This article originally appeared on D Magazine.
The Founder and Chairman of Cooper Aerobics reveals the toughest challenge he has overcome, who he'd like to play him in a biopic, and more.
When Dr. Kenneth Cooper was a young man, his father told him he was not OK with him going to medical school just to treat diseases or give shots. “He wanted me to change lives,” Cooper says. The 90-year-old has certainly lived up to his father’s hopes. Cooper coined the term “aerobics” in his landmark 1968 book on cardiovascular health and has been a transformative force in the fields of preventive medicine and wellness.
In 1970, Cooper founded Cooper Clinic in North Dallas. The organization provides comprehensive preventive exams, and has analyzed 100,000 people around the globe. It provides an in-depth picture of patients’ health as well as prognosis to how to improve. Breast health, cardiology, dermatology, 24/7 directive medicine, gastroenterology, imaging and nutrition services.
Education: Harvard University (MPH), The University ofOklahoma (MD, BS)
Birthplace: Oklahoma City
Toughest Challenges: “It was tough to initially gain acceptance into the medical community here in Dallas when I first began performing stress tests and practicing preventive medicine. Another challenge was giving up my 13-year military career to start a new career in medicine at the age of 40. Also, saving the Cooper Aerobics Center from bankruptcy in the late 1980s and early 1990s was an extreme challenge.”
Best Advice: “Set your goals, put blinders on, and don’t just be successful—be significant. If you’re not satisfied with what you’re doing, reevaluate yourself and make changes.”
Proud Moment: “We did a 45-year follow-up of more than 100,000 patients in 2021 and discovered they were living 10 years longer than the national average by following our guidelines.”
Destinations of Choice: “I enjoy Brazil and China and have been to both many times, mostly on business. I like to vacation in Europe, particularly Switzerland, Austria, and Rome, Italy.”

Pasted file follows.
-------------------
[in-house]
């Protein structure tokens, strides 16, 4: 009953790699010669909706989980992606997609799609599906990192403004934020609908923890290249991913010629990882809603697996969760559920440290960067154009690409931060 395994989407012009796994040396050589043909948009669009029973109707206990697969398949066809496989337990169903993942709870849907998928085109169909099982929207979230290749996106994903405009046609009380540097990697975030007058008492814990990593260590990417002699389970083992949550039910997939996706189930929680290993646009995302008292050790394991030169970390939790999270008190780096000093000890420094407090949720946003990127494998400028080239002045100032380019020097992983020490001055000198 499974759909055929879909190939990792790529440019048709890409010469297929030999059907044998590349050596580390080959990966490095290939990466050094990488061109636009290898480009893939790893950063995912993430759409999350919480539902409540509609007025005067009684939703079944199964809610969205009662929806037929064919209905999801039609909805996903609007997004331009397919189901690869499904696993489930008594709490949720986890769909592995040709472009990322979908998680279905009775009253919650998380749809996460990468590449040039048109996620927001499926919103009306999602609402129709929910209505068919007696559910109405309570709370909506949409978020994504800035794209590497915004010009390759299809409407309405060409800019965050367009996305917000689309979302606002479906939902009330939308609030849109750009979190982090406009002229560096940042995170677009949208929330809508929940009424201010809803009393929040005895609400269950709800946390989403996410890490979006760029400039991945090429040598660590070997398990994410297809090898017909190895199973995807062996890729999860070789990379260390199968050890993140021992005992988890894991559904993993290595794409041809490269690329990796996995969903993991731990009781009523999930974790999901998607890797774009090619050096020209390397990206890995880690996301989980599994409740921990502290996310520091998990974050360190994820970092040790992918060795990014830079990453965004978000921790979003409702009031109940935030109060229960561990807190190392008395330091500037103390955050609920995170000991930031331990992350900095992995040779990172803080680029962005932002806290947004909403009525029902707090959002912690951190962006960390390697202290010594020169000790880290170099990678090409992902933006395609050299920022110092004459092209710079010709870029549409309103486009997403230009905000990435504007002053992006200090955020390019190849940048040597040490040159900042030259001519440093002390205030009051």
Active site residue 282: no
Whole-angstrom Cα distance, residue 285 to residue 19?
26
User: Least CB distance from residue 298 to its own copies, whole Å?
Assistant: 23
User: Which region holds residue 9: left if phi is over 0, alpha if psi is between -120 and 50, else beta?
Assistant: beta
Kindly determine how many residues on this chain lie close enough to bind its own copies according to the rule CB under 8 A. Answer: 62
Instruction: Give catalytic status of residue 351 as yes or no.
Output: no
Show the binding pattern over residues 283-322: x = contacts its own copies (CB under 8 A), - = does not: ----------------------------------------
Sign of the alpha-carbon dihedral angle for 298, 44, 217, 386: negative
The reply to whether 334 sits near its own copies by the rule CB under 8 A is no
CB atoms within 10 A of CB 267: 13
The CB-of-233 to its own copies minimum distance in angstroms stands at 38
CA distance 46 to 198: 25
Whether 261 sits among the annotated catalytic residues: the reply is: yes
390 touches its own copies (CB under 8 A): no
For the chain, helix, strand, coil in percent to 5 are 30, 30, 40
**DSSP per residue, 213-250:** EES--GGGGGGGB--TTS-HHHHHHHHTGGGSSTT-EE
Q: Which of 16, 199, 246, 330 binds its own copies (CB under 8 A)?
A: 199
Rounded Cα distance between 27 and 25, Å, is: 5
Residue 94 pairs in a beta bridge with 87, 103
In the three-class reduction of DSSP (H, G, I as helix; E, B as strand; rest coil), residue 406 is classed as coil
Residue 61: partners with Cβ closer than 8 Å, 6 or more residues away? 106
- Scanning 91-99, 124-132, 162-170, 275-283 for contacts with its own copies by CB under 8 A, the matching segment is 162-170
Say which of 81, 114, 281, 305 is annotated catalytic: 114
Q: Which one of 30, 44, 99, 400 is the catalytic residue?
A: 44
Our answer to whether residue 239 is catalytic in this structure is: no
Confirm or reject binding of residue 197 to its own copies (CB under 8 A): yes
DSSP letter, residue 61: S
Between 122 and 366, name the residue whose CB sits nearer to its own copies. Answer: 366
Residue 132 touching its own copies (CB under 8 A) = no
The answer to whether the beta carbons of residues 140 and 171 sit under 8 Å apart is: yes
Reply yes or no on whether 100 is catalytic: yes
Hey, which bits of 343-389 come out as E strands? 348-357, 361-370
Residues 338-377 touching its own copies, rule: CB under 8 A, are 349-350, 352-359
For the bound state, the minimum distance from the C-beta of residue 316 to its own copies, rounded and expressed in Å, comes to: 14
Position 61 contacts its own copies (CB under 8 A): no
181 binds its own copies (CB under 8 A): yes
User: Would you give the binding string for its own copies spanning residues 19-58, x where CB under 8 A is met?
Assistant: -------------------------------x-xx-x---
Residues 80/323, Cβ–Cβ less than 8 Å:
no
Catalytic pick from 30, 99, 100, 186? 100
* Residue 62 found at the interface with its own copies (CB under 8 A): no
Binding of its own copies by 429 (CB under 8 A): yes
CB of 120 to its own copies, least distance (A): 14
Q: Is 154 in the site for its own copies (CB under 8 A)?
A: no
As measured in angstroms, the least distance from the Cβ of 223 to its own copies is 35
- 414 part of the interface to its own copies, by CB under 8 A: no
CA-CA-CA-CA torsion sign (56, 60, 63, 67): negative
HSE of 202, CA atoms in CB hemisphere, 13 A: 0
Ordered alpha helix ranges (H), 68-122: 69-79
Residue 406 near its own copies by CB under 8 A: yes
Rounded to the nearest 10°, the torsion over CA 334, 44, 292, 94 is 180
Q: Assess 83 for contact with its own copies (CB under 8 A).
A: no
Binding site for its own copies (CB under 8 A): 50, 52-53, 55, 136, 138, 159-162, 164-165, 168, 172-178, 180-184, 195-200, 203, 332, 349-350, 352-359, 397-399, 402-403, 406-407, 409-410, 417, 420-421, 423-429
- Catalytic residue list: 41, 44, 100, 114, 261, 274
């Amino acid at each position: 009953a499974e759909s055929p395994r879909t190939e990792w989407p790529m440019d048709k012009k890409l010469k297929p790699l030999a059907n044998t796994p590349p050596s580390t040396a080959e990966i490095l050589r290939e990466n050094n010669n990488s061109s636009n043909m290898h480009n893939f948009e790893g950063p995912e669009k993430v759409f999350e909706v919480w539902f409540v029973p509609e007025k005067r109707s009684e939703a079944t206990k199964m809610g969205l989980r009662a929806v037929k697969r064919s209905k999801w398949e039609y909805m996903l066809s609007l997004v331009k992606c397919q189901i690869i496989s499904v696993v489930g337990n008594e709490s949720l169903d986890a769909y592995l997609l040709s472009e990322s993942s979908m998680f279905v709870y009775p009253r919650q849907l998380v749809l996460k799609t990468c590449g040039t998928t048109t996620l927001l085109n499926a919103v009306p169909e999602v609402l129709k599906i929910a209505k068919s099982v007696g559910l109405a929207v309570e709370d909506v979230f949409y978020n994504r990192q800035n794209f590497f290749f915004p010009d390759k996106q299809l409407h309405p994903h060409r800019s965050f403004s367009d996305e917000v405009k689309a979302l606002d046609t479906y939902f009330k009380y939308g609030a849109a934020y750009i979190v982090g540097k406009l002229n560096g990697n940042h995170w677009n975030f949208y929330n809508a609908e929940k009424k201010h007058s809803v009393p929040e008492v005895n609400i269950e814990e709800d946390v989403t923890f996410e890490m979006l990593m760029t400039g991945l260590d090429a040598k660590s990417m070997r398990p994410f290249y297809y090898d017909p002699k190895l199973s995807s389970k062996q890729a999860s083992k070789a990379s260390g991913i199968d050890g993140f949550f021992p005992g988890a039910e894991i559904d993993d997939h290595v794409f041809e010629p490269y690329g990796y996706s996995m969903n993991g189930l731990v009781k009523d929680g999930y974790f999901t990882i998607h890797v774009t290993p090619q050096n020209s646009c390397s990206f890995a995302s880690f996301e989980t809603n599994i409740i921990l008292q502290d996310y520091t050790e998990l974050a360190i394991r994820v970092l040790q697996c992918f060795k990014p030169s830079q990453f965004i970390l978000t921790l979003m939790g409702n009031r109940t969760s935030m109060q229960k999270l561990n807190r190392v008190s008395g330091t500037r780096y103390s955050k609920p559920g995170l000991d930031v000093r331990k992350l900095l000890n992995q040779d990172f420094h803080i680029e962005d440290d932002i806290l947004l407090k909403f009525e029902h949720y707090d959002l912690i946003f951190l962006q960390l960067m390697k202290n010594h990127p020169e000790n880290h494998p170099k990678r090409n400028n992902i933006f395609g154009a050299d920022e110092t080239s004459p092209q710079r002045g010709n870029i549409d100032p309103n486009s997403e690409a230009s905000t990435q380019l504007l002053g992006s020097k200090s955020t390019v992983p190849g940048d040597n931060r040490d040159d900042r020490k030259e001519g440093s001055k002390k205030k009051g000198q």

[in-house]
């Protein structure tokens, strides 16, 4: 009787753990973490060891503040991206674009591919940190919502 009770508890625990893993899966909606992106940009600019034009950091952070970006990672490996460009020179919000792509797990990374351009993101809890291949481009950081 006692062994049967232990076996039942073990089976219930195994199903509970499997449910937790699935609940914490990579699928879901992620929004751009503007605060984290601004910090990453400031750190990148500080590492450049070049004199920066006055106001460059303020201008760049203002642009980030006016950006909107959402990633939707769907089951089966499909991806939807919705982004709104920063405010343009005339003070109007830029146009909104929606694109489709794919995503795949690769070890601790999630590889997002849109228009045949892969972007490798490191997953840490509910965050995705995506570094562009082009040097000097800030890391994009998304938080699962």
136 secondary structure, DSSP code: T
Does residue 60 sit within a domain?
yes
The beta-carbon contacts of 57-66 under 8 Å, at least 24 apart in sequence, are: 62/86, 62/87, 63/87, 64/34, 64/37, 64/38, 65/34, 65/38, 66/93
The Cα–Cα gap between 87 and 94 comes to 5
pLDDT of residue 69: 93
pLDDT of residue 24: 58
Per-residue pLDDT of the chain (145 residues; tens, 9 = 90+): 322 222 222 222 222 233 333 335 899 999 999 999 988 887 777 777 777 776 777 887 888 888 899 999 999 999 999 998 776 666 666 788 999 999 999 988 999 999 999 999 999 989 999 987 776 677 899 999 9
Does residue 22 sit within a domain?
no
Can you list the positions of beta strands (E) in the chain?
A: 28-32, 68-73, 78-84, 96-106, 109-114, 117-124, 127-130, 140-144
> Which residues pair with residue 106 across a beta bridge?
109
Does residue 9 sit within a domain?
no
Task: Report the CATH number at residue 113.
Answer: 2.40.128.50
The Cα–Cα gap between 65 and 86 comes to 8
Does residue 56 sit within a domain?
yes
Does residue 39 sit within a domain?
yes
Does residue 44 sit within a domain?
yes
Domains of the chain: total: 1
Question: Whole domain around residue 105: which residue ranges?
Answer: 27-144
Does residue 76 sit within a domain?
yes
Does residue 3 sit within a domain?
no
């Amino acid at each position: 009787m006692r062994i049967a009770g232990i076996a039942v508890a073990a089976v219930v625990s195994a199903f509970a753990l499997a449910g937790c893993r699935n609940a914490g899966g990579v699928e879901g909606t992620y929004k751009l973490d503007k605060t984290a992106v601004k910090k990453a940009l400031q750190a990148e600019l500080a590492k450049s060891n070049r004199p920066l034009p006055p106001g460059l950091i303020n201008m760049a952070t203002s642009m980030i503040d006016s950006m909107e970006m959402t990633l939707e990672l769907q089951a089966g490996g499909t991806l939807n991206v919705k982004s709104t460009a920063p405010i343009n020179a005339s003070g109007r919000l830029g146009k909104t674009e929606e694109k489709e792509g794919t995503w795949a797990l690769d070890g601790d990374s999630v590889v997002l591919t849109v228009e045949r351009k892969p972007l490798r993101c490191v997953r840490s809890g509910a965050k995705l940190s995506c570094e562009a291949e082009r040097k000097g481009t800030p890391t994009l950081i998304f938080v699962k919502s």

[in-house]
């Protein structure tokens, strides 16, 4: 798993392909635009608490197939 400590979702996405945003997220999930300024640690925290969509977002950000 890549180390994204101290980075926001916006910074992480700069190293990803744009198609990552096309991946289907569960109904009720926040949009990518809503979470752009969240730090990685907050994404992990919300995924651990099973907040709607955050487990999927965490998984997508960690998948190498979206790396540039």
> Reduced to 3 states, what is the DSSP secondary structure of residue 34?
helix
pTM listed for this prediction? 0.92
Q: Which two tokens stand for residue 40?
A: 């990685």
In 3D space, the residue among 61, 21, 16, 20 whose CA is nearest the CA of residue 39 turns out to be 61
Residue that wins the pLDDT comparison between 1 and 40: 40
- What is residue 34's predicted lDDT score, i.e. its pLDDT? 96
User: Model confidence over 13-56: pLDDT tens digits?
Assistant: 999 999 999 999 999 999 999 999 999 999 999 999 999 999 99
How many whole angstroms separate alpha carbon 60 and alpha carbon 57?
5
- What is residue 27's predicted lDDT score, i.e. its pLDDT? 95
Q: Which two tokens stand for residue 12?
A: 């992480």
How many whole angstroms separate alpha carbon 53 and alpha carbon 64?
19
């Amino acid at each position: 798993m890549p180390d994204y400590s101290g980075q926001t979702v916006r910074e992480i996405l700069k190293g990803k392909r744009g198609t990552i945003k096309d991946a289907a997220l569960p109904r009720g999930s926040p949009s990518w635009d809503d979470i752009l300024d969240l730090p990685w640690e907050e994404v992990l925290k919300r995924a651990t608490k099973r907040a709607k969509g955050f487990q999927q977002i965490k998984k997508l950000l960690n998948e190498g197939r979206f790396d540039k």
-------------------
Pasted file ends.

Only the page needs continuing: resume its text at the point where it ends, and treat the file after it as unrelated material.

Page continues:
Lesson Learned: “Your health is your responsibility—not the government, not the insurance company, not your physician. What you do to maintain good health will help determine not only in how long you live but how well you live.”
Local Fare: “I enjoy the sea bass at III Forks Steakhouse.”
Fun Fact: “I was first chair clarinet in my high school band.”
Scary Moment: “In 2016, my son Tyler and I went to the island of South Georgia in Antarctica. We experienced 30-foot waves for three days in a rather small boat and couldn’t get out of our cabins. I was afraid the boat was going to break apart.”
Who’d Play Me in a Biopic: “I’d choose Tom Hanks. He’s a great actor, and he can play a multitude of roles. For example, the movie Apollo 13. I worked closely with that mission, and I knew Jim Lovell quite well. I also appreciated his run across America in Forrest Gump. Hanks has shown he has an athletic interest and military interest, which combines my interests, too. He once wrote and asked for a copy of my book. I sent him an autographed copy, but I never did hear back.”
This Q&A is extended content from Dallas 500, a special edition produced by D CEO that profiles the region’s most influential business leaders. Visit www.dallas500.com for details.